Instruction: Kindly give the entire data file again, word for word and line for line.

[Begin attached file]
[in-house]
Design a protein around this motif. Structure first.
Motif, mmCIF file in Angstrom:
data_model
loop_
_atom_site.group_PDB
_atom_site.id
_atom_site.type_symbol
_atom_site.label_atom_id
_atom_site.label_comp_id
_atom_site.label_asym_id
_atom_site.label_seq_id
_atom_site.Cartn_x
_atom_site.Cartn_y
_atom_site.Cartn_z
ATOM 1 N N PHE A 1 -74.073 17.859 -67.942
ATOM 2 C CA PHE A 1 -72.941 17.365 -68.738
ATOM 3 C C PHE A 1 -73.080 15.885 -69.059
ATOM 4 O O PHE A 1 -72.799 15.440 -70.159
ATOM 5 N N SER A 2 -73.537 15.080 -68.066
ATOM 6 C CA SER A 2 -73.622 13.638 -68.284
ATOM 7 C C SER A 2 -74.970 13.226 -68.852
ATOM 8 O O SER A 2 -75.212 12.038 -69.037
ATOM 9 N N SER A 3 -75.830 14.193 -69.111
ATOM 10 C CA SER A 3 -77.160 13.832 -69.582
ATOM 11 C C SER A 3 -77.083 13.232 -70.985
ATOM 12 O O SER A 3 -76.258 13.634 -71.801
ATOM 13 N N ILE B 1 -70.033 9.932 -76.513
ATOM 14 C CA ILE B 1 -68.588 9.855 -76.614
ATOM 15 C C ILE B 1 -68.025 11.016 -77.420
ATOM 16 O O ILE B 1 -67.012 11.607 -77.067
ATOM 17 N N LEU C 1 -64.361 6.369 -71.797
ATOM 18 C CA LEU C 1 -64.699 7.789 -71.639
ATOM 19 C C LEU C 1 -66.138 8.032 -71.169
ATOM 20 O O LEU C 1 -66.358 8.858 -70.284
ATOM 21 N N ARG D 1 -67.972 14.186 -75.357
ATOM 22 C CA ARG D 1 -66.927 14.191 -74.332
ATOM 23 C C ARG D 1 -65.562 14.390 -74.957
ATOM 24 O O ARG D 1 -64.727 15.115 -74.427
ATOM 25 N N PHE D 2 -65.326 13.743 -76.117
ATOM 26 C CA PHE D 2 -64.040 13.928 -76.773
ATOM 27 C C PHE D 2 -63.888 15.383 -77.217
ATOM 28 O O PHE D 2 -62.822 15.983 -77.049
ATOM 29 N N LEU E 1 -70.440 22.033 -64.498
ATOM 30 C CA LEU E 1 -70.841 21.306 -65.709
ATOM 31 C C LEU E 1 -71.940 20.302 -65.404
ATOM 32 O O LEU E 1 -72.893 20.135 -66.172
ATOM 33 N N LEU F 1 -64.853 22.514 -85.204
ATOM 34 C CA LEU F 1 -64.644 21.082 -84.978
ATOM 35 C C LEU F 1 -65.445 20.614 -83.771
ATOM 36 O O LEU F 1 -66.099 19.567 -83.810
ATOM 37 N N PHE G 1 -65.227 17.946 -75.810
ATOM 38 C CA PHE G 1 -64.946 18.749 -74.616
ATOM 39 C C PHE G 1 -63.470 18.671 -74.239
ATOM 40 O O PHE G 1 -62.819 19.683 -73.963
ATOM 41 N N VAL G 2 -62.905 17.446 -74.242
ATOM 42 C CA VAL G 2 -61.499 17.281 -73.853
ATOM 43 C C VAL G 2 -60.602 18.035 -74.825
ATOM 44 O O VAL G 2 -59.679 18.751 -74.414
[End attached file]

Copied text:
[in-house]
Design a protein around this motif. Structure first.
Motif, mmCIF file in Angstrom:
data_model
loop_
_atom_site.group_PDB
_atom_site.id
_atom_site.type_symbol
_atom_site.label_atom_id
_atom_site.label_comp_id
_atom_site.label_asym_id
_atom_site.label_seq_id
_atom_site.Cartn_x
_atom_site.Cartn_y
_atom_site.Cartn_z
ATOM 1 N N PHE A 1 -74.073 17.859 -67.942
ATOM 2 C CA PHE A 1 -72.941 17.365 -68.738
ATOM 3 C C PHE A 1 -73.080 15.885 -69.059
ATOM 4 O O PHE A 1 -72.799 15.440 -70.159
ATOM 5 N N SER A 2 -73.537 15.080 -68.066
ATOM 6 C CA SER A 2 -73.622 13.638 -68.284
ATOM 7 C C SER A 2 -74.970 13.226 -68.852
ATOM 8 O O SER A 2 -75.212 12.038 -69.037
ATOM 9 N N SER A 3 -75.830 14.193 -69.111
ATOM 10 C CA SER A 3 -77.160 13.832 -69.582
ATOM 11 C C SER A 3 -77.083 13.232 -70.985
ATOM 12 O O SER A 3 -76.258 13.634 -71.801
ATOM 13 N N ILE B 1 -70.033 9.932 -76.513
ATOM 14 C CA ILE B 1 -68.588 9.855 -76.614
ATOM 15 C C ILE B 1 -68.025 11.016 -77.420
ATOM 16 O O ILE B 1 -67.012 11.607 -77.067
ATOM 17 N N LEU C 1 -64.361 6.369 -71.797
ATOM 18 C CA LEU C 1 -64.699 7.789 -71.639
ATOM 19 C C LEU C 1 -66.138 8.032 -71.169
ATOM 20 O O LEU C 1 -66.358 8.858 -70.284
ATOM 21 N N ARG D 1 -67.972 14.186 -75.357
ATOM 22 C CA ARG D 1 -66.927 14.191 -74.332
ATOM 23 C C ARG D 1 -65.562 14.390 -74.957
ATOM 24 O O ARG D 1 -64.727 15.115 -74.427
ATOM 25 N N PHE D 2 -65.326 13.743 -76.117
ATOM 26 C CA PHE D 2 -64.040 13.928 -76.773
ATOM 27 C C PHE D 2 -63.888 15.383 -77.217
ATOM 28 O O PHE D 2 -62.822 15.983 -77.049
ATOM 29 N N LEU E 1 -70.440 22.033 -64.498
ATOM 30 C CA LEU E 1 -70.841 21.306 -65.709
ATOM 31 C C LEU E 1 -71.940 20.302 -65.404
ATOM 32 O O LEU E 1 -72.893 20.135 -66.172
ATOM 33 N N LEU F 1 -64.853 22.514 -85.204
ATOM 34 C CA LEU F 1 -64.644 21.082 -84.978
ATOM 35 C C LEU F 1 -65.445 20.614 -83.771
ATOM 36 O O LEU F 1 -66.099 19.567 -83.810
ATOM 37 N N PHE G 1 -65.227 17.946 -75.810
ATOM 38 C CA PHE G 1 -64.946 18.749 -74.616
ATOM 39 C C PHE G 1 -63.470 18.671 -74.239
ATOM 40 O O PHE G 1 -62.819 19.683 -73.963
ATOM 41 N N VAL G 2 -62.905 17.446 -74.242
ATOM 42 C CA VAL G 2 -61.499 17.281 -73.853
ATOM 43 C C VAL G 2 -60.602 18.035 -74.825
ATOM 44 O O VAL G 2 -59.679 18.751 -74.414